The suit maketh the man: Masculinity and social class in Kingsman: The Secret Service (Vaughn, 2014)
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This article outlines the ways in which suits are synonymous with masculinity examining the, sometimes paradoxical, nature of suits worn by men of all social classes, and for different reasons. For example, hegemonic men wear suits in a bid to convey power, arguably, by rendering the wearers uniform in appearance so that the focus is on what hegemonic men might say and do, rather than how they might look. Moreover, the uniformity of suits is a means by which men of a lower social class demonstrate aspiration to a higher social class and might affect hegemonic power through wearing them. While much has been written about masculinity and suits, with many authors agreeing that the bespoke suit is at the pinnacle of the hierarchy of men’s clothing, yet there is a little attention paid to the way in which the bespoke suit is represented in media or popular culture. This article examines the role of clothing of the main characters in the film Kingsman: The Secret Service (2014) with a particular focus on the contribution that the bespoke suit makes to the masculinity of the bodies of the individuals within the film. Principally, the bespoke suit elevates the body of the wearer from quotidian to tailored, the fitting of which allows for better representation of a man’s body.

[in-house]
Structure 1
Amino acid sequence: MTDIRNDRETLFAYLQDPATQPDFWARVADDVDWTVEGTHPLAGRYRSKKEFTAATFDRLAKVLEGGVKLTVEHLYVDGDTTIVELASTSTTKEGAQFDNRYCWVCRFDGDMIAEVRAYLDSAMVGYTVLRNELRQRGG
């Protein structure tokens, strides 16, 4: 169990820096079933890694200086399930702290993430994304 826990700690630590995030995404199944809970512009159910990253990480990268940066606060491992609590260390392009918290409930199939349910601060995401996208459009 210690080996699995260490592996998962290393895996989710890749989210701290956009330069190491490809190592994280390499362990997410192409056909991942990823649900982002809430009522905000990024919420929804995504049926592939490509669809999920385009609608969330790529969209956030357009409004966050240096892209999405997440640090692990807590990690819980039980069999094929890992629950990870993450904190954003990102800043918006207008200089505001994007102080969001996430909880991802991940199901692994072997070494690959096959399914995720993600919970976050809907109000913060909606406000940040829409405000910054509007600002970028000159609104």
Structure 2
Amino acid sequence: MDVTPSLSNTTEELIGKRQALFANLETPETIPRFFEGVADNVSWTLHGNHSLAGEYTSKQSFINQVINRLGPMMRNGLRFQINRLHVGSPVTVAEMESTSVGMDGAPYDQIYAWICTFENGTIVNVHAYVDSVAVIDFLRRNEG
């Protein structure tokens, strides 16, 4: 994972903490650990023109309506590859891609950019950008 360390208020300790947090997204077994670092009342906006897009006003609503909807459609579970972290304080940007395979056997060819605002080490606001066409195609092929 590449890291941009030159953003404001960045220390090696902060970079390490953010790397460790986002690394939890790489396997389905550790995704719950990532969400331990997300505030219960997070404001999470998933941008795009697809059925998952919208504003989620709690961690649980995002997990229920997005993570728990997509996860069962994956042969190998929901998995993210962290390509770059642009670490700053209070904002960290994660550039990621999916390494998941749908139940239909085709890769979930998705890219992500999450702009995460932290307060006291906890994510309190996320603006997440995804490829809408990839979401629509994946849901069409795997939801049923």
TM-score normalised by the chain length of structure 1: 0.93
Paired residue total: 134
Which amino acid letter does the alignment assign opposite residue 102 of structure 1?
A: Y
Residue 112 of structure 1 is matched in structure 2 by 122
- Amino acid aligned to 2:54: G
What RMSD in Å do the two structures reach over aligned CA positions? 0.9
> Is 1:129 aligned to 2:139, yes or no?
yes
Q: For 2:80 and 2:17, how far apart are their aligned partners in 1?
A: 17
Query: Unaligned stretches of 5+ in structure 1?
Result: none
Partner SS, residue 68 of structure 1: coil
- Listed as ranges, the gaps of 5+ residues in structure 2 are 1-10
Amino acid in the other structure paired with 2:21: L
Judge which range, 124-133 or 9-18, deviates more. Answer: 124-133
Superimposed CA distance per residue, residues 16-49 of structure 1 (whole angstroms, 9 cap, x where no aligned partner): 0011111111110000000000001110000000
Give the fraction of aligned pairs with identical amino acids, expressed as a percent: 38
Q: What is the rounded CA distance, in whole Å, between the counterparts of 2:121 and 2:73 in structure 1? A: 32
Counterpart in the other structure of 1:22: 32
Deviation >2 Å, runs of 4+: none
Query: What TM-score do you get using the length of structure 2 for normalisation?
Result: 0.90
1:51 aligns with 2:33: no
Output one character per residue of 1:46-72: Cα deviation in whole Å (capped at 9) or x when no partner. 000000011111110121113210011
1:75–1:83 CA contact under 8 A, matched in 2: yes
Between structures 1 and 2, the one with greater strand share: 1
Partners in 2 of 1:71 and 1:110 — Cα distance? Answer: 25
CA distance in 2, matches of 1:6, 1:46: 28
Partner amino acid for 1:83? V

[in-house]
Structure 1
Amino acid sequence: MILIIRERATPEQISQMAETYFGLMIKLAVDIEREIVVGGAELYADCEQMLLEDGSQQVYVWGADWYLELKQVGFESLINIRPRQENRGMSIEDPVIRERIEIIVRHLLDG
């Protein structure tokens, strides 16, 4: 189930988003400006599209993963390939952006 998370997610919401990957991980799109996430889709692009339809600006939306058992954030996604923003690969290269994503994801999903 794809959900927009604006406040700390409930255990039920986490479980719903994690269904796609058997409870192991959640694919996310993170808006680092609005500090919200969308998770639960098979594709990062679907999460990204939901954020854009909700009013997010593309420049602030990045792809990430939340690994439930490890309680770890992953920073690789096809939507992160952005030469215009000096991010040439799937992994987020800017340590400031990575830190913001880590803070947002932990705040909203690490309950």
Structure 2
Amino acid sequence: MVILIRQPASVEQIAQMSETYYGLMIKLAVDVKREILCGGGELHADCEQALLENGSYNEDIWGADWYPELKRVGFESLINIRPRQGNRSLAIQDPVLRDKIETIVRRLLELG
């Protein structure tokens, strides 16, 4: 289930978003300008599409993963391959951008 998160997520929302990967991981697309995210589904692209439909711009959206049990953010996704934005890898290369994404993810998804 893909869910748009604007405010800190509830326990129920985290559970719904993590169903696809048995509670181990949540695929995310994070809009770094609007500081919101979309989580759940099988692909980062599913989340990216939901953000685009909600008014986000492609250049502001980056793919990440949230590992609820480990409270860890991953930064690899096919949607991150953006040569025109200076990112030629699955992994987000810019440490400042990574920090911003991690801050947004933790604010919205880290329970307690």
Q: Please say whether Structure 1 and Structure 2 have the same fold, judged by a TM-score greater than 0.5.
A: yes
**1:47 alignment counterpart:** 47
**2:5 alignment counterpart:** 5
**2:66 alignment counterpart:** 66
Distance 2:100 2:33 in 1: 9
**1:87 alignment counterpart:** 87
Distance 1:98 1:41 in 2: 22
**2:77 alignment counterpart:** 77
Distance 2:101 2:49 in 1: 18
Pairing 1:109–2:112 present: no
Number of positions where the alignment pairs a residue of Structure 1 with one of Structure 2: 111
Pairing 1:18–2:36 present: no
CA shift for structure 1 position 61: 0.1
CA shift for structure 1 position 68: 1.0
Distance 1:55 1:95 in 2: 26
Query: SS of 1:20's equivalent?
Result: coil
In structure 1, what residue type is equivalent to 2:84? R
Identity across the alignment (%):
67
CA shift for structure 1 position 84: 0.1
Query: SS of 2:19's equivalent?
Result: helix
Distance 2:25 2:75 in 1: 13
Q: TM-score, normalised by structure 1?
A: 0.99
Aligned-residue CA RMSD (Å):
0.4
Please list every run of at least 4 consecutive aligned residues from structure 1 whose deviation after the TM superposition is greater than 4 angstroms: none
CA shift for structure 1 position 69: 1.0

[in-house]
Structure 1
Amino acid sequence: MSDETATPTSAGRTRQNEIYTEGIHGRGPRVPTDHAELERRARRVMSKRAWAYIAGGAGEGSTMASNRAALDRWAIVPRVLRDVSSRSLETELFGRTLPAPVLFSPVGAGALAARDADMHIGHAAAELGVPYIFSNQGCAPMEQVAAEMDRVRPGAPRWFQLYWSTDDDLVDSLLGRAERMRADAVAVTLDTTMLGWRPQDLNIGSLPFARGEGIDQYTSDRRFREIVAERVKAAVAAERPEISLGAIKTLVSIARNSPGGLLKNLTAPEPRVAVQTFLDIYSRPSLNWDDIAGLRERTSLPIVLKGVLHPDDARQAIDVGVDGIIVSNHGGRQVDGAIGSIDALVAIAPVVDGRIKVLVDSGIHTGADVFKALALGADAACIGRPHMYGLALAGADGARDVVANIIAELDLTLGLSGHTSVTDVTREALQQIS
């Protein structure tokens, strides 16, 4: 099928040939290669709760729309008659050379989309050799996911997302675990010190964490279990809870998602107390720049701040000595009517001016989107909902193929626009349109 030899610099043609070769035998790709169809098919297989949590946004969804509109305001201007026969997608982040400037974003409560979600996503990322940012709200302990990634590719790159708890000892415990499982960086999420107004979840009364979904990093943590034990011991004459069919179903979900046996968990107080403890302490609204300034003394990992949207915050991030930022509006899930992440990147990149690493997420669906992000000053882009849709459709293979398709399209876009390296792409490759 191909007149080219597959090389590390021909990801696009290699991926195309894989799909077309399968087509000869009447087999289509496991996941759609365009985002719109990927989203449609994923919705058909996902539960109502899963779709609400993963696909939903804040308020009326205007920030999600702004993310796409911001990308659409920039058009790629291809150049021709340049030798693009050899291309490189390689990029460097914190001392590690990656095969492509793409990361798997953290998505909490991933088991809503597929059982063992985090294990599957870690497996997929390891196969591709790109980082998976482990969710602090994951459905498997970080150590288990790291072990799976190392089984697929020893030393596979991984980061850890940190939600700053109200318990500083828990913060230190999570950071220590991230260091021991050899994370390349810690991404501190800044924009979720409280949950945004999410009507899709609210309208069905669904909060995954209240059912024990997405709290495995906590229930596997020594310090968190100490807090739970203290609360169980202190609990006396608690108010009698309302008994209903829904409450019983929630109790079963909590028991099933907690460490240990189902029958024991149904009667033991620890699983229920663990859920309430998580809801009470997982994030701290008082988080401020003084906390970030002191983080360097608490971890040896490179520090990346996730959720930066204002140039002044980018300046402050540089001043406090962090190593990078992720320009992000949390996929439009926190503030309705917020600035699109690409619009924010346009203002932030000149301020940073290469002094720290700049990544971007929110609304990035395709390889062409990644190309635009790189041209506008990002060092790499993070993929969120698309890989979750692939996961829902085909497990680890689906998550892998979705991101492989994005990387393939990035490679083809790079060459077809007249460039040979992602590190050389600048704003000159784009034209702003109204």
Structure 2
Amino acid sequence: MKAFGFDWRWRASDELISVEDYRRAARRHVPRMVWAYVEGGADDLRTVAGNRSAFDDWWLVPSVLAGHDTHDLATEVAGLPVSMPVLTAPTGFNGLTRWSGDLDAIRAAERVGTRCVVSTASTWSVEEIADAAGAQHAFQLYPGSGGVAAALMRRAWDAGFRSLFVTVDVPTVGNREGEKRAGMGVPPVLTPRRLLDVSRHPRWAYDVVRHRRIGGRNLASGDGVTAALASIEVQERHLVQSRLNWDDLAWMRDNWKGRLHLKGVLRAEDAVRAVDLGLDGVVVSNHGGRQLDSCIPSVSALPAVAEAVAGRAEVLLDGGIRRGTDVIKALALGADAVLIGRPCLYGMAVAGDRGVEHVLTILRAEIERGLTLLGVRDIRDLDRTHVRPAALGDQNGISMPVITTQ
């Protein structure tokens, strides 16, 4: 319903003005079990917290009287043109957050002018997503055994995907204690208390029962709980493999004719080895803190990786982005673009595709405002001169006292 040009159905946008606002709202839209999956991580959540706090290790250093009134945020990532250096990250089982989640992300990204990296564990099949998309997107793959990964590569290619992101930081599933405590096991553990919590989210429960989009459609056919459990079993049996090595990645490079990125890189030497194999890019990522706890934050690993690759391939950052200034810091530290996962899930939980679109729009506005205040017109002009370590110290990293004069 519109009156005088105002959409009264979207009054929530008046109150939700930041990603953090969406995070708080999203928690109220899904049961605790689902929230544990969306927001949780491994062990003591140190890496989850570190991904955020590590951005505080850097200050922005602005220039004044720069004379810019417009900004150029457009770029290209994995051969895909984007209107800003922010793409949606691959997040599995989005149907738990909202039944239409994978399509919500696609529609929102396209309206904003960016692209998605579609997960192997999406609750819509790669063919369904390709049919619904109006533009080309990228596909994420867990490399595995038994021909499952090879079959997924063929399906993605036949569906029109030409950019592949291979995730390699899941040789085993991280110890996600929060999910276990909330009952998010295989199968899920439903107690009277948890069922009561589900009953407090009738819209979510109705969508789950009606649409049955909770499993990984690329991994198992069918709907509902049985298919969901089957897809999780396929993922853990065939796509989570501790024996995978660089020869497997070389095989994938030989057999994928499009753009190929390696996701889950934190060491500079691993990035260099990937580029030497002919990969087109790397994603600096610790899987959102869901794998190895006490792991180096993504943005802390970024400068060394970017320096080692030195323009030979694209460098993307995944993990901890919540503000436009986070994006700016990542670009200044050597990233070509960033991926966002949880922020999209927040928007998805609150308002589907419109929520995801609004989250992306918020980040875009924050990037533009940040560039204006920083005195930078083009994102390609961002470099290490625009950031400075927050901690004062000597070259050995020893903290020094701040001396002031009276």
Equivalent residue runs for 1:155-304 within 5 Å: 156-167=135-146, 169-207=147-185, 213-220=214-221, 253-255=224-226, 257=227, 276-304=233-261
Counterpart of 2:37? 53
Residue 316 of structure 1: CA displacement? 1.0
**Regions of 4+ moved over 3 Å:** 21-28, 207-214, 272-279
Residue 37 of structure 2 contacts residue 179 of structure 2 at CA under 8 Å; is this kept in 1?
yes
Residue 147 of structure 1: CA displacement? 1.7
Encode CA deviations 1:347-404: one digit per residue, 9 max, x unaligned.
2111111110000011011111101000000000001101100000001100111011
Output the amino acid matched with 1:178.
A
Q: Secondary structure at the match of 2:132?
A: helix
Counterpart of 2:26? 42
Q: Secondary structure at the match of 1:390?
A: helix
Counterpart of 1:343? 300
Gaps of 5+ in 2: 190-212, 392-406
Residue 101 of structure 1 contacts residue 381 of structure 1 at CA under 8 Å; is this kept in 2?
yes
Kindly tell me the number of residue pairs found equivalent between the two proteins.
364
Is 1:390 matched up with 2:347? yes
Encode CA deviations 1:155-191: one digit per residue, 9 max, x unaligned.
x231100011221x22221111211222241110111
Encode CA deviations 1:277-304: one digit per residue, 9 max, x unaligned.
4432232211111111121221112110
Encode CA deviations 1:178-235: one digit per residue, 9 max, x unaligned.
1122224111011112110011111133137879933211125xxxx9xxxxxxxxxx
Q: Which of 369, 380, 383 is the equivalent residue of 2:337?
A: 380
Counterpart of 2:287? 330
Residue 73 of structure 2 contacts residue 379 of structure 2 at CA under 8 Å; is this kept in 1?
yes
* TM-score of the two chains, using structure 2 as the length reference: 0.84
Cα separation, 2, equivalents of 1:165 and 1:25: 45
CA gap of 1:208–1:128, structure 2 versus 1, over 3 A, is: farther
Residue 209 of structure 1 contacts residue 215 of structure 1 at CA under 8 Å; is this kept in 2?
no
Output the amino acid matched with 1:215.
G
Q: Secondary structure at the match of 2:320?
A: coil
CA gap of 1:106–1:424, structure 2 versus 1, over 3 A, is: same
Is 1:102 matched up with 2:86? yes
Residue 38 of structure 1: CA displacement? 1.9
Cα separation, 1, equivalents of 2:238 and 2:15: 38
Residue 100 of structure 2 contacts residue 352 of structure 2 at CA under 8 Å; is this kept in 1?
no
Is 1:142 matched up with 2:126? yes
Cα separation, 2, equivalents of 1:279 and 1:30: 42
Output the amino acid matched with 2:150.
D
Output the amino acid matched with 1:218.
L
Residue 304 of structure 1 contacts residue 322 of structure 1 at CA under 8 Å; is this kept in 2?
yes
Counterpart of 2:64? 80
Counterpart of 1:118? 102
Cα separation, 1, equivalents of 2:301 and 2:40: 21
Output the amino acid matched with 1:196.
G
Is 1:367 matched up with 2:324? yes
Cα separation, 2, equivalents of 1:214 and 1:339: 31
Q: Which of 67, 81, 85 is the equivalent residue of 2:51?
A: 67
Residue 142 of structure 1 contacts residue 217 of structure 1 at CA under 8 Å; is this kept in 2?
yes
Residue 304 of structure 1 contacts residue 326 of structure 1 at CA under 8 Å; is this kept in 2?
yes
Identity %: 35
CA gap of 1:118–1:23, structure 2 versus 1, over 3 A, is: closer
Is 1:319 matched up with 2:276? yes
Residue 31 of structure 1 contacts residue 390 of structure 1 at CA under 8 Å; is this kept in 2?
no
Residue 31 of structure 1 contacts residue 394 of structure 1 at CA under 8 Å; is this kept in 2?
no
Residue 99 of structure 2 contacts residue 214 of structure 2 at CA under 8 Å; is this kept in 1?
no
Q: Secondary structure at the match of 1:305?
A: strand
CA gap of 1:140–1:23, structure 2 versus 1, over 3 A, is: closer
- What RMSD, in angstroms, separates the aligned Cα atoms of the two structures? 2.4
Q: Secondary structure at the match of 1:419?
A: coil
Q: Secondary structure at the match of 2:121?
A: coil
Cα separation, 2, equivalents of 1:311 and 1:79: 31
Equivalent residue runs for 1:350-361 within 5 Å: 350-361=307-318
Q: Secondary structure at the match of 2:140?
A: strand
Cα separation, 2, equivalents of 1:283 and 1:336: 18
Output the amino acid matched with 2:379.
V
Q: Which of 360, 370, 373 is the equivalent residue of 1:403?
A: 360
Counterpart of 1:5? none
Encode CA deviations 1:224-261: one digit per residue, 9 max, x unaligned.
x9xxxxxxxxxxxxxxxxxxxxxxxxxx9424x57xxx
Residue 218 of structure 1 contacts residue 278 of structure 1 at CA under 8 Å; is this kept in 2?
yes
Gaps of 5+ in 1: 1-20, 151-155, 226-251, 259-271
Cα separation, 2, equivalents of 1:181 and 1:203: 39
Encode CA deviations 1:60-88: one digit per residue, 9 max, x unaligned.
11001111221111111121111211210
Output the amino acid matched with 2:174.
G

Morgan, A. (2018) ‘The suit maketh the man: Masculinity and social class in Kingsman: The Secret Service (Vaughn, 2014)’, Clothing Cultures, 5(3), pp. 359–376, DOI: 10.1386/cc.5.3.359_1.
Article published in Clothing Cultures on 1 December 2018, available at: https://doi.org/10.1386/cc.5.3.359_1.
Cardiff Metropolitan University (Grant ID: Cardiff Metropolian (Internal))
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